DALLAS - At a time when state regulations are devastating the restaurant and bar industry, some North Texas restaurants are still stepping up to provide free meals to people in need.
As dining rooms shut down, the Hero Restaurant and other businesses are trying to keep their employees working by giving away free meals for pickup to anyone who needs it.
“We want everybody to know of all the things they have to worry about, getting a meal should not be one of them,” said Danyele McPherson, the culinary director of 8020 Hospitality.
On a normal game day, Hero would be packed with Stars and Mavs fans meeting up before the game. But with state regulations shutting down the dining room, the restaurant is looking for other ways to keep employees working and serve the community.
“We’re doing a family meal program that’s free to the public,” McPherson said. “So anyone who’s been affected by coronavirus can come and get a free meal Monday through Friday 6 p.m. to 9 p.m.”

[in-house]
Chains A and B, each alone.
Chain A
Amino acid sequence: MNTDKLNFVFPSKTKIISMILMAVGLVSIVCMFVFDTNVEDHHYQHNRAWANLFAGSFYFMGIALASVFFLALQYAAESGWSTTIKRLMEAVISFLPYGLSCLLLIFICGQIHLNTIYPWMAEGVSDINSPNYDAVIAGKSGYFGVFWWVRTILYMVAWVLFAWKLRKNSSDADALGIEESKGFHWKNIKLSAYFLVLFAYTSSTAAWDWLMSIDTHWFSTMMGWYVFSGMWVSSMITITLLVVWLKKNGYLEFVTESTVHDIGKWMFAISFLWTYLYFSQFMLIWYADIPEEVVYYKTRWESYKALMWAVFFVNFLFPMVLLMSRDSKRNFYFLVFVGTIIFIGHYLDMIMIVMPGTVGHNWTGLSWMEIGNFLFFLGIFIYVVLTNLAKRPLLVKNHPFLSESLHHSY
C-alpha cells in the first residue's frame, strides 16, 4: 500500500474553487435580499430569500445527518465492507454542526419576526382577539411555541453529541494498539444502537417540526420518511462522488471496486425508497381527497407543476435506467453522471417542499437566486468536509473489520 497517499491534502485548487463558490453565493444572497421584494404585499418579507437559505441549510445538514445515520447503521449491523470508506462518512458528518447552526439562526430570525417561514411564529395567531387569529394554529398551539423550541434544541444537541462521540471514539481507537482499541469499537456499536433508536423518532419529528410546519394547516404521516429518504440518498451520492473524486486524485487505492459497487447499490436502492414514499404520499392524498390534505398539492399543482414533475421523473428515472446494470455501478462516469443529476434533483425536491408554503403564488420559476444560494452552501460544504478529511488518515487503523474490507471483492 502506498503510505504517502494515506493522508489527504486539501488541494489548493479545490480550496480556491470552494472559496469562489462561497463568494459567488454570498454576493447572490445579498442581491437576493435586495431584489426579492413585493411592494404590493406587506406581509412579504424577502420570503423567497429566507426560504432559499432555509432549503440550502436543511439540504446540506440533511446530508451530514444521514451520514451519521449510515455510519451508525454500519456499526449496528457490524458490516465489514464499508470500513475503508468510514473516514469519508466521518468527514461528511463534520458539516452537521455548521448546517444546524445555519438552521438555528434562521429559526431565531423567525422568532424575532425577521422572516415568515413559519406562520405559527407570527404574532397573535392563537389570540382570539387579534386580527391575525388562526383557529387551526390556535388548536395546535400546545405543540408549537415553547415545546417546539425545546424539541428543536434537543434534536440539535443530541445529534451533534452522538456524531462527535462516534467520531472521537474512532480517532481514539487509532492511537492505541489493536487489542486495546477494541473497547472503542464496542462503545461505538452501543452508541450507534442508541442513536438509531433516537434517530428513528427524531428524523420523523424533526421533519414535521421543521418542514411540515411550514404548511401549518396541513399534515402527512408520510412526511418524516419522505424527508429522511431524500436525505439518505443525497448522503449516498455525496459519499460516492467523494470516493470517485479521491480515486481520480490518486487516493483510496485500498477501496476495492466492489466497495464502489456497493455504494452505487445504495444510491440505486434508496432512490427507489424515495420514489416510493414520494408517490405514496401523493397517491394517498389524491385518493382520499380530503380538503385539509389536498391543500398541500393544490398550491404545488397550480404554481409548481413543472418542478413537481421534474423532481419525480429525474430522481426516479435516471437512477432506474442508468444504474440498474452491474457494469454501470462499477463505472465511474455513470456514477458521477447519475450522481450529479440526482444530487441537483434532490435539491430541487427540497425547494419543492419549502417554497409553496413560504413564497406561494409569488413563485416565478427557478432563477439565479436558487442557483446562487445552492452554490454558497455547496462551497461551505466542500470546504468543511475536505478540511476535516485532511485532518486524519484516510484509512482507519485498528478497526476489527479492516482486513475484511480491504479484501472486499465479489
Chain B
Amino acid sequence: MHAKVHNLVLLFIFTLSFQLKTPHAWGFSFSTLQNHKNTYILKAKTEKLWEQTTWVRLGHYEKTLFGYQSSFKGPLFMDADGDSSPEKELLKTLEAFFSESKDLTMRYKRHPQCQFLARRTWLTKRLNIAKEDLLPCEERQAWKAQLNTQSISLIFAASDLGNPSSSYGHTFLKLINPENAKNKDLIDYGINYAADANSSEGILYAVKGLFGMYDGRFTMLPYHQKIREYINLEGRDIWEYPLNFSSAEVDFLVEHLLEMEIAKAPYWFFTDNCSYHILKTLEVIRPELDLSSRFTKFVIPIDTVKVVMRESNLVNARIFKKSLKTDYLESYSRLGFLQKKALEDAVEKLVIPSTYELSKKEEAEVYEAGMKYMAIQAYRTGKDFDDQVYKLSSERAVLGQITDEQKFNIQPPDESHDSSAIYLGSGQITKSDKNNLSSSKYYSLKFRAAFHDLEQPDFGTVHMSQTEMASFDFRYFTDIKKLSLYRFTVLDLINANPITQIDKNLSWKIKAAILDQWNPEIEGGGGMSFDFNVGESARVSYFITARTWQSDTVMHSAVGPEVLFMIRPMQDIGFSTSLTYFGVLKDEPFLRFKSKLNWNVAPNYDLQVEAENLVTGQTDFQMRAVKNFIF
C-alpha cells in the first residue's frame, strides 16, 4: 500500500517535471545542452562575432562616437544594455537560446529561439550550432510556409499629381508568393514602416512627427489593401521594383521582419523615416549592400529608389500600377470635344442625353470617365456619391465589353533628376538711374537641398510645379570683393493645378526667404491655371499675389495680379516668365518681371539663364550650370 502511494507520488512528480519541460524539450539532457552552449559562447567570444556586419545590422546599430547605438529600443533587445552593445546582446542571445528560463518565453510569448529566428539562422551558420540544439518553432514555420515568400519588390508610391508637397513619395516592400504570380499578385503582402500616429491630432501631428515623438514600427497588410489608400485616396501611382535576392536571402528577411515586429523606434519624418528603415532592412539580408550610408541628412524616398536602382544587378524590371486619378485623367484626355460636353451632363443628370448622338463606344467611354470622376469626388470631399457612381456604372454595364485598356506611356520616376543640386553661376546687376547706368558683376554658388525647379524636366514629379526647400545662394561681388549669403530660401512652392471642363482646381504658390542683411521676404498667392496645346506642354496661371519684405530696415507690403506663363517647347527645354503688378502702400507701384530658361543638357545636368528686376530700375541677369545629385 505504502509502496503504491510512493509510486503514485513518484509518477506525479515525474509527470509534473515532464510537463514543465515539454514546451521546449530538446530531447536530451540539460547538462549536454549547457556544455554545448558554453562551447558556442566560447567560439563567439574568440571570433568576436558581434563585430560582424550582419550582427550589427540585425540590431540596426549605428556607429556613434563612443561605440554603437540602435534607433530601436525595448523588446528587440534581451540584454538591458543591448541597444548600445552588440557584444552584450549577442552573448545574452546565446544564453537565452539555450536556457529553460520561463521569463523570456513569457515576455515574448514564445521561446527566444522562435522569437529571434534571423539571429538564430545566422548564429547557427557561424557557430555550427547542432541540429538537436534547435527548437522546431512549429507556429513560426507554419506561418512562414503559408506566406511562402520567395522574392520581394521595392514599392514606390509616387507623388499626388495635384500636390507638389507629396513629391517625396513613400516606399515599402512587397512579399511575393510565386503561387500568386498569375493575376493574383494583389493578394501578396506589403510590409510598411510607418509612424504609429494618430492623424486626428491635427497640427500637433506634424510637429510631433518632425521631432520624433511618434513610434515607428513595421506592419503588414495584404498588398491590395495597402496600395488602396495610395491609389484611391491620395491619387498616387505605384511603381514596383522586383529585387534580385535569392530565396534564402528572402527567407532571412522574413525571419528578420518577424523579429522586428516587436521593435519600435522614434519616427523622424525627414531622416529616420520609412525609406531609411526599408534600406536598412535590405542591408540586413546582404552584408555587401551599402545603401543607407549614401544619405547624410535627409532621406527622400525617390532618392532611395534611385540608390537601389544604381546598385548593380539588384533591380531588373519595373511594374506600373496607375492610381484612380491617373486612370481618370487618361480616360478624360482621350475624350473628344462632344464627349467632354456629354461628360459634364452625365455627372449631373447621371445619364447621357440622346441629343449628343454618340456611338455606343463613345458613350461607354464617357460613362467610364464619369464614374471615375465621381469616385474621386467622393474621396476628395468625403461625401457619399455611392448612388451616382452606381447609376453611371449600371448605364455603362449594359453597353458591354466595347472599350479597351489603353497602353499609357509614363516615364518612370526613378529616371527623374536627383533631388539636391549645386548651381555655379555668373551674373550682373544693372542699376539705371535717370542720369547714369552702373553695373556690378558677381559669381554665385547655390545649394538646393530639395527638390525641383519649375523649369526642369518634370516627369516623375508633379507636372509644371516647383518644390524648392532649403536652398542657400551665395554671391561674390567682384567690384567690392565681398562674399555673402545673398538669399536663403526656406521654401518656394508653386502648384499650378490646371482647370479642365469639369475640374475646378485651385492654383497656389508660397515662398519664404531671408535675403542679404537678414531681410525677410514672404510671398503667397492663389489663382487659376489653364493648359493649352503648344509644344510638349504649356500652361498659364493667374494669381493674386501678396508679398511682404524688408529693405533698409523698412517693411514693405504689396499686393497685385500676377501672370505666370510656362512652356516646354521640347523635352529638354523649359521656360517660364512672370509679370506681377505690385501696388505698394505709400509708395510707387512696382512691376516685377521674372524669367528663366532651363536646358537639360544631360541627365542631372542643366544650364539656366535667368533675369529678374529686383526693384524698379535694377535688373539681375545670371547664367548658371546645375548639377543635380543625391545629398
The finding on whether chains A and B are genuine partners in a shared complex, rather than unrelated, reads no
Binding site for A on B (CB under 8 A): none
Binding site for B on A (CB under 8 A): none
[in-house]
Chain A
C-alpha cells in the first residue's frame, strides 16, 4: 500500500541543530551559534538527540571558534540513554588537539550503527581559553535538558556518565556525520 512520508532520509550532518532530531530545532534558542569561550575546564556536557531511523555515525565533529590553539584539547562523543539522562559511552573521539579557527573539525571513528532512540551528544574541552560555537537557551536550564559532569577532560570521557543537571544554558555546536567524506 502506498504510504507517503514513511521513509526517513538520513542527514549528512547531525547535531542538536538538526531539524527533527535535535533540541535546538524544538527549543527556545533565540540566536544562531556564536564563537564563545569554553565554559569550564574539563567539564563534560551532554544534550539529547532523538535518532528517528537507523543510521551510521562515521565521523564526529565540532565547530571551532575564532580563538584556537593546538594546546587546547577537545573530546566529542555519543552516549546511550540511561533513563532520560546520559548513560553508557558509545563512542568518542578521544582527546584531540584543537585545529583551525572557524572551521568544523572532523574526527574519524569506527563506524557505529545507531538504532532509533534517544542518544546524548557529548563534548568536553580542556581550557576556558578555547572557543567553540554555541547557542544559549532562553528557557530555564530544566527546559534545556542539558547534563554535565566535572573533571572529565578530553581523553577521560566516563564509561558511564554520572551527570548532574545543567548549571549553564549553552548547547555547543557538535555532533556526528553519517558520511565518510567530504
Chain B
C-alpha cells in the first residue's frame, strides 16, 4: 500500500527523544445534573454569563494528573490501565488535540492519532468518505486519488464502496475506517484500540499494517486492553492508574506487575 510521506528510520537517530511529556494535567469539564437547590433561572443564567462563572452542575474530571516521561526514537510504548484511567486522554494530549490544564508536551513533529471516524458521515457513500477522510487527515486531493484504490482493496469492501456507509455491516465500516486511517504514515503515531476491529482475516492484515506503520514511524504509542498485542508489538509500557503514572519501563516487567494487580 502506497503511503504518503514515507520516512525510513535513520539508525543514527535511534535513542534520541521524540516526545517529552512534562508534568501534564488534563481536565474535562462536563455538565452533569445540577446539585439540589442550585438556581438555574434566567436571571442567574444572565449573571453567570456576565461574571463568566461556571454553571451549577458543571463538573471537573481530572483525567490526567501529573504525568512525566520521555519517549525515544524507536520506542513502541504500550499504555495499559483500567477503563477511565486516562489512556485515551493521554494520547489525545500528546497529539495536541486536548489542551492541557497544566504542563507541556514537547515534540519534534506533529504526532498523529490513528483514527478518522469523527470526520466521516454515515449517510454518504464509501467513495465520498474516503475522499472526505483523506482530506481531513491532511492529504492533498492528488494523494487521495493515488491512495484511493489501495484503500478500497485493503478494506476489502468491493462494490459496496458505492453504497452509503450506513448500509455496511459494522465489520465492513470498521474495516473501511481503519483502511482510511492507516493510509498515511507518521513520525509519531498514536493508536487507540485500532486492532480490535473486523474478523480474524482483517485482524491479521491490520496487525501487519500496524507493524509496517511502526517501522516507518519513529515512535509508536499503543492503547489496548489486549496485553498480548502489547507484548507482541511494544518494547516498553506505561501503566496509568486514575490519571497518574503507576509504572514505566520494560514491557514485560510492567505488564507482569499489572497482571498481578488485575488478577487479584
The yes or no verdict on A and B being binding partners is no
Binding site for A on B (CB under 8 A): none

The restaurant group that owns Hero hopes to expand the free meal program to their other locations across DFW.
“At the end of the day, I want to know that we gave something back to the community,” McPherson said. “Because it’s not just our employees. It’s not just the 600 plus who work for 8020. It’s across DFW. Everybody is devastated by this.”
At Mudhook Bar and Kitchen in Duncanville, owner Bryan Kaeser is offering free meals to Duncanville ISD students during lunch hours.
“If I own a restaurant, why wouldn't I be able to chip in and help,” he said.
At first, Kaeser only expected to give away 50 or 60 meals, but he’s now given away more than 675 hot meals.
“Just seeing all the kids that are coming in, getting a hot meal where maybe it’s their one meal a day, it’s just been very gratifying,” he said.
Mudhook has also set up a makeshift market, offering an inventory of goods to the community that might be wiped out at the grocery stores. Donations to the business have helped fund free meals for kids through the weekend.
Javier Canales works for the school district. On his day off, he went in to donate and give back to the kids he’s served for 10 years.
“I’m happy that someone is taking the initiative to help out because we do have several students that do need the help or just families in general,” he said.
“Why not do it?” Kaeser said. “The community needs help so we’re here to help.”
For now, the programs are running on donations. But the restaurant group, 8020 Hospitality, is reaching out to city leaders to see if there are possible grants they can apply for to continue and expand the free meal program as long as needed.